Impunity stays a serious challenge for global press freedom

There is currently no real progress on the issue of impunity. Killings of journalists follow war and political instability, and Somalia, Syria, Iraq, and South Sudan top the list. This is tragic, though unsurprising. However, what is possibly even more alarming is the negative trend that in otherwise politically stable countries like Pakistan, the Philippines and Mexico impunity for violence against journalists is on the rise.

“The 2nd of November is the International Day to End Impunity for Crimes Against Journalists. Impunity for violence and killings of media workers remain a serious threat to press freedom, the public’s access to information and ultimately to democracy. On this day, we call for strong collaborations to ensure justice for the journalists who are exposed to violence or even killed. Without accountability and justice for journalists, even the strongest democracy will wither in time – and we have to work together” says IMS director Jesper Højberg.

According to Committee to Protect Journalists (CPJ) newly published 2020 Global Impunity Index, 227 journalists were murdered in the past ten years, and in 83% of the cases, no perpetrators have been successfully prosecuted. Other types of crimes against journalists – like violence, arrests, detentions, torture, threats and online harassment – are other tools used to silence journalists all over the world, and many of them are on the rise.

Why is it important to address the issue of impunity?

The primary purpose of attacking journalists is preventing the truth from being published – effectively an extremely hardhanded way of imposing censorship. The subsequent effects are equally troubling as impunity for the attacks (just as the attacks themselves) creates a chilling effect among other journalists and media which again leads to self-censorship.

Censorship and impunity for violence against journalists therefore directly contributes to a less informed public debate; criminals, political leaders and other influential people not being held accountable for their actions; and an undermined trust in public institutions. Together, this creates an environment ripe for corruption, which essentially hinders democratic development.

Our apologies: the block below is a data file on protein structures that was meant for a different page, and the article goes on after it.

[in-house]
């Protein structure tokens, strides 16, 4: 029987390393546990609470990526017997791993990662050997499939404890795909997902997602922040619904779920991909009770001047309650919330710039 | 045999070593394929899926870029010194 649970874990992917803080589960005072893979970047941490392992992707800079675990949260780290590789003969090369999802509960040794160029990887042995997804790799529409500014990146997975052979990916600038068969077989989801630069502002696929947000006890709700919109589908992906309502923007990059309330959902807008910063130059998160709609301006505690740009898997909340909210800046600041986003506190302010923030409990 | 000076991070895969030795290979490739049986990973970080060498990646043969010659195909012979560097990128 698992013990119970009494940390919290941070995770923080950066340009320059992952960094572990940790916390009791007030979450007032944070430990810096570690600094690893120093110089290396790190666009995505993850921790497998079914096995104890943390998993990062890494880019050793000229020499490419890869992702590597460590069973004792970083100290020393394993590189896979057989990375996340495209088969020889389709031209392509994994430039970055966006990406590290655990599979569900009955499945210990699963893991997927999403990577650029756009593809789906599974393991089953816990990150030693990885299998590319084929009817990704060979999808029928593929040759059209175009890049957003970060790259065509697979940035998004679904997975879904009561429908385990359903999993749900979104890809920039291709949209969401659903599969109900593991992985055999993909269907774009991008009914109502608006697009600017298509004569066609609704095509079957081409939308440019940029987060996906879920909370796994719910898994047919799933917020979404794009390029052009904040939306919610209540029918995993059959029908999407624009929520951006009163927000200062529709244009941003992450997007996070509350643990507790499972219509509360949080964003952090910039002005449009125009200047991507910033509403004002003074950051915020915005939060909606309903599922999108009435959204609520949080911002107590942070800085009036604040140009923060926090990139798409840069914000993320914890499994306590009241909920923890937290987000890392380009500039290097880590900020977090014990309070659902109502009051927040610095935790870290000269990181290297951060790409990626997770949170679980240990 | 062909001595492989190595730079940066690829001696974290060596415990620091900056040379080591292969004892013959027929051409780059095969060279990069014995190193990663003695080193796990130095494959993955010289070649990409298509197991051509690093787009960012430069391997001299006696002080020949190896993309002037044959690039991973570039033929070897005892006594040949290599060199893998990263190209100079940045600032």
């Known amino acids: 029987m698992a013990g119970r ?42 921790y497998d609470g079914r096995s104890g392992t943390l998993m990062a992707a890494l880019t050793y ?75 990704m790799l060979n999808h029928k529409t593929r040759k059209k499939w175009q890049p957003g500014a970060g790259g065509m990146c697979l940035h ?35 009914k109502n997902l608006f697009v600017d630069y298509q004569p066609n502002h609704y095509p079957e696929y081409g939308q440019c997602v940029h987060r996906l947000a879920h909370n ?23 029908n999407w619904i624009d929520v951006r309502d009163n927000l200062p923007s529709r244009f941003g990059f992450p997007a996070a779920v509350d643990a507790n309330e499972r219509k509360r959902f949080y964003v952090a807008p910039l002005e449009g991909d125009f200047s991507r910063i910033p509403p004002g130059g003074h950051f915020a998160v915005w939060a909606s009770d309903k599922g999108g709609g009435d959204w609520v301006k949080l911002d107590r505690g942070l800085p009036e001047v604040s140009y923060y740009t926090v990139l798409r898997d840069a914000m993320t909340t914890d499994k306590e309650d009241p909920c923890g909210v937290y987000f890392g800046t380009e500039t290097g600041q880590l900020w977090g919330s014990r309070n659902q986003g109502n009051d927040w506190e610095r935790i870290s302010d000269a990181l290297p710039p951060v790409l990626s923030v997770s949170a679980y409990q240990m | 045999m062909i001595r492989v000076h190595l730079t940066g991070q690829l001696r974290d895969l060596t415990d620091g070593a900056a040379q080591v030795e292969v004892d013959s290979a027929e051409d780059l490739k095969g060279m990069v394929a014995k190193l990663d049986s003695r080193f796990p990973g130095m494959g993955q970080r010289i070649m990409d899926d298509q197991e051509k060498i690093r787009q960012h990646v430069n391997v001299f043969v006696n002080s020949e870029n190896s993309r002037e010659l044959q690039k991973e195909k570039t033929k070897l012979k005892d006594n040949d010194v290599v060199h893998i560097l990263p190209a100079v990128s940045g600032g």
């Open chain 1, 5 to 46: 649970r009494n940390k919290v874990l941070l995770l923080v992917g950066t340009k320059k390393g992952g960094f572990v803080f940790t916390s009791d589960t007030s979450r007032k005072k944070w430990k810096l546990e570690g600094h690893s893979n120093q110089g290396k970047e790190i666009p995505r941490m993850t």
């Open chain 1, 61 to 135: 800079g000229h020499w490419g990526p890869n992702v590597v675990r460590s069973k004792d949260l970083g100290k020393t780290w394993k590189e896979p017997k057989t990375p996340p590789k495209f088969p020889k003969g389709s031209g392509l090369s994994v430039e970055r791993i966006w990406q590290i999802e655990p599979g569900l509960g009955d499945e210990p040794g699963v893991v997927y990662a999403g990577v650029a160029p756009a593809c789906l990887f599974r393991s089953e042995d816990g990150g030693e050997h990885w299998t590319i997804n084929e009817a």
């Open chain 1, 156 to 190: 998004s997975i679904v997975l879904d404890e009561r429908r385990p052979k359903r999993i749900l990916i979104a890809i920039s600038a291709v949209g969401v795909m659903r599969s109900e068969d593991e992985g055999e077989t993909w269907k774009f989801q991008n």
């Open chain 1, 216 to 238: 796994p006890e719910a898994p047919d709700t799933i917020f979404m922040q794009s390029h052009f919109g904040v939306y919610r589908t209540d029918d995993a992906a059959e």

And it doesn’t only happen in countries of conflict or war.


The most recent, worrying example of journalists being attacked with no persecution in Europe is in Belarus, following the August elections.

The Belarusian Association of Journalists (BAJ) has registered 400 cases of violations of journalist’s rights from May 9 to October 12 with more than 230 detentions of journalists during this period. In more than 50 cases, the police used violence when detaining journalists. There were registered facts of torture after detention as well as damage or seizure of journalists’ equipment. Many journalists were held in custody and sentenced to short jail terms and fines. However, none of these facts led to initiation of criminal proceedings against those responsible for the violation of the rights of journalists.

“Over and over, I watch the footage of when I was detained, and I cannot believe this is all real. That this happened to me,” an anonymous Belarusian journalist tells. He was arrested while filming during a protest, forced into a police van and was held in prison for five days. “I was lucky. I’m alive. I was beaten less than others, and it feels awkward to complain. I feel ashamed telling that one person tortures another person.”

Attacking, detaining and torturing journalists who document the uprisings and the human rights violations taking place in the country is a violent attempt to control the information flow – both within Belarus and to the outside world.

IMS has supported local media partners by replacing confiscated and ruined equipment, providing safety gear and offering gender-sensitive psychological support and trauma counseling. On top of this, IMS has been calling for international solidarity and collaborative efforts to protect Belarusian journalist and promote accountability for those who have committed crimes against the media and the Belarusian media.  


Pakistan is another country on the rise when it comes to impunity for crimes against journalists. Over 140 journalists have been killed since 2000, according to Freedom Network, a national watchdog on media rights and IMS partner. In those two decades not one of those killings have seen a guilty conviction in the court system.